Ankara goes nuts as concessions are dropped

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Series Details Vol.4, No.19, 14.5.98, p6
Publication Date 14/05/1998
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Date: 14/05/1998

By Myles Neligan

A EUROPEAN Commission proposal to suspend preferential trade concessions for imports of Turkish hazelnuts has prompted strong condemnation from officials in Ankara and angered the EU confectionery industry.

The proposal, which would abolish Turkey's right to export up to 9,000 tonnes of hazelnuts a year without paying import tariffs, is a tit-for-tat measure drawn up after negotiations aimed at persuading Ankara to relax its restrictions on EU beef and livestock imports broke down last week.

The Commission decided on retaliatory measures after rejecting Turkey's claim that the restrictions were necessary to protect importers from losses in the event of an outbreak of foot and mouth disease, which is endemic in the country.

Turkish trade officials protest that the move strikes at the heart of one of their country's main agricultural export markets, worth some 600 million ecu a year. As the proposed abolition of preferential trade concessions would also be applied to melons and tomato paste, both major Turkish export crops, the Ankara authorities' underlying fear is that the country's 1-billion-ecu farm trade surplus with the Union is under sustained attack.

"The EU is always raising diplomatic tensions with Turkey in its handling of trade issues like this," said a Turkish trade attaché.

"This latest development will only provide further ammunition to opponents of the EU-Turkey customs union, who are becoming increasingly influential these days. It is also disappointing because it reopens questions that we thought were settled under the new agricultural trade agreement, which has only been in force for two months."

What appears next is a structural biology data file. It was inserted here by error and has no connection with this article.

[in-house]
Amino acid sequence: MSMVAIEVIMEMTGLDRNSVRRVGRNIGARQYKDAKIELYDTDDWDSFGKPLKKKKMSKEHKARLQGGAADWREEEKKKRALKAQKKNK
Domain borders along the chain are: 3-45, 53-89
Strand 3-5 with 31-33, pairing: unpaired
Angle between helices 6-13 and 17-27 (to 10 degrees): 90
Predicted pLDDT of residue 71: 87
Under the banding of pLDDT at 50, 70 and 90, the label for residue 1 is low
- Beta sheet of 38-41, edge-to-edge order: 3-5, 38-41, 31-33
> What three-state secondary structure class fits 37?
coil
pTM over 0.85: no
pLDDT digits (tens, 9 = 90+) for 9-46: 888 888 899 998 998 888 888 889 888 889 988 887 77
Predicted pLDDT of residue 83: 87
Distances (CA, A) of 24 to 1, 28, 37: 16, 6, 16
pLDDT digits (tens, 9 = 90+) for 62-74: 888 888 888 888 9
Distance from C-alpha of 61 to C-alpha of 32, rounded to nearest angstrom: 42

The EU confectionery industry, which is heavily dependent on Turkish hazelnuts to make up for frequent shortfalls in supplies from EU member states, has also attacked the proposed restriction on imports. Preliminary calculations by industry sources indicate that its effect would be to increase the price of Turkish hazelnuts by 18%.

"It would be catastrophic for our business if this proposal were to be implemented," said Elvio Biancotti of leading Italian confectioners Ferrero Rocher.

"Hazelnuts are an expensive commodity anyway, and such a rise in costs would be very difficult for us. Abolishing these concessions would also be a slap in the face to our Turkish trading partners."

The proposed import restrictions must be approved by EU agriculture ministers before they can be implemented, with an initial discussion planned at their next meeting on 25 May.

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